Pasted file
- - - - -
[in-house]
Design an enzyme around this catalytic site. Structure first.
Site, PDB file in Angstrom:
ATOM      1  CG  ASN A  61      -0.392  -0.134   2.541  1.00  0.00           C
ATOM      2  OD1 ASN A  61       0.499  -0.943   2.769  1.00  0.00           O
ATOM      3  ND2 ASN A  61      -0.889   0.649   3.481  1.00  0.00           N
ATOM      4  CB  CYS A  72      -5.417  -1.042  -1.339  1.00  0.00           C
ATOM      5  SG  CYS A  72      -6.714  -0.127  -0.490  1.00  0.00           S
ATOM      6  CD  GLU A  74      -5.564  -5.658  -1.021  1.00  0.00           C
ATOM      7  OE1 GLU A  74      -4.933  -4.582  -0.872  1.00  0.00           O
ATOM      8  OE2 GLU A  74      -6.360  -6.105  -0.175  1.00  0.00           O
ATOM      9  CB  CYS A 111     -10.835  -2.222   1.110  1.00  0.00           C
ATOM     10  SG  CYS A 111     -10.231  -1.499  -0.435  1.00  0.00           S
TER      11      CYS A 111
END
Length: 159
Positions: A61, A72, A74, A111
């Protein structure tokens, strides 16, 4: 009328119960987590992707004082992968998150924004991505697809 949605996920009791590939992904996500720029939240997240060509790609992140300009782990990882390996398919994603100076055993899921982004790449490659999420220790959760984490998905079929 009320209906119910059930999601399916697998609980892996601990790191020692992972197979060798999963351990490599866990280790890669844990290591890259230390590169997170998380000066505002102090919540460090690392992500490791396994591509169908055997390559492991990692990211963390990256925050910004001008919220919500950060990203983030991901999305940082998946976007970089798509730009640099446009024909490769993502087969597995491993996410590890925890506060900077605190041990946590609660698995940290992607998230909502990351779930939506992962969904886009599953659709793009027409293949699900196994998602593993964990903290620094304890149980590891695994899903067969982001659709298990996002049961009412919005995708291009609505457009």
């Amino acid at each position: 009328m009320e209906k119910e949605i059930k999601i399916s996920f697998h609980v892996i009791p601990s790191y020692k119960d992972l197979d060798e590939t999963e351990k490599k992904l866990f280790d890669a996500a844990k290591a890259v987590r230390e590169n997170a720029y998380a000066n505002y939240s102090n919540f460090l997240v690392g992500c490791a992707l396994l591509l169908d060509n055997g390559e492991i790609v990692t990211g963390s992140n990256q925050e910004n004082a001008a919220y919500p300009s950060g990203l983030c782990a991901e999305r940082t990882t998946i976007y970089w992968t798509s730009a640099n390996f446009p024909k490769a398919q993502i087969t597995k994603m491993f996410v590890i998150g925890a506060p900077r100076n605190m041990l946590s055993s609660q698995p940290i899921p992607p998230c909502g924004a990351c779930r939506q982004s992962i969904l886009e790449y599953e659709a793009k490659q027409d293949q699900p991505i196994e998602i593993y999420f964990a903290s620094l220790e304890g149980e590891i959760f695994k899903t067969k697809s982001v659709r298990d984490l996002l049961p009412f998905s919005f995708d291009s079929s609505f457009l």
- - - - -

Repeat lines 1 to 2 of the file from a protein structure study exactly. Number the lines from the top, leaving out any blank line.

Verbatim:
[in-house]
Design an enzyme around this catalytic site. Structure first.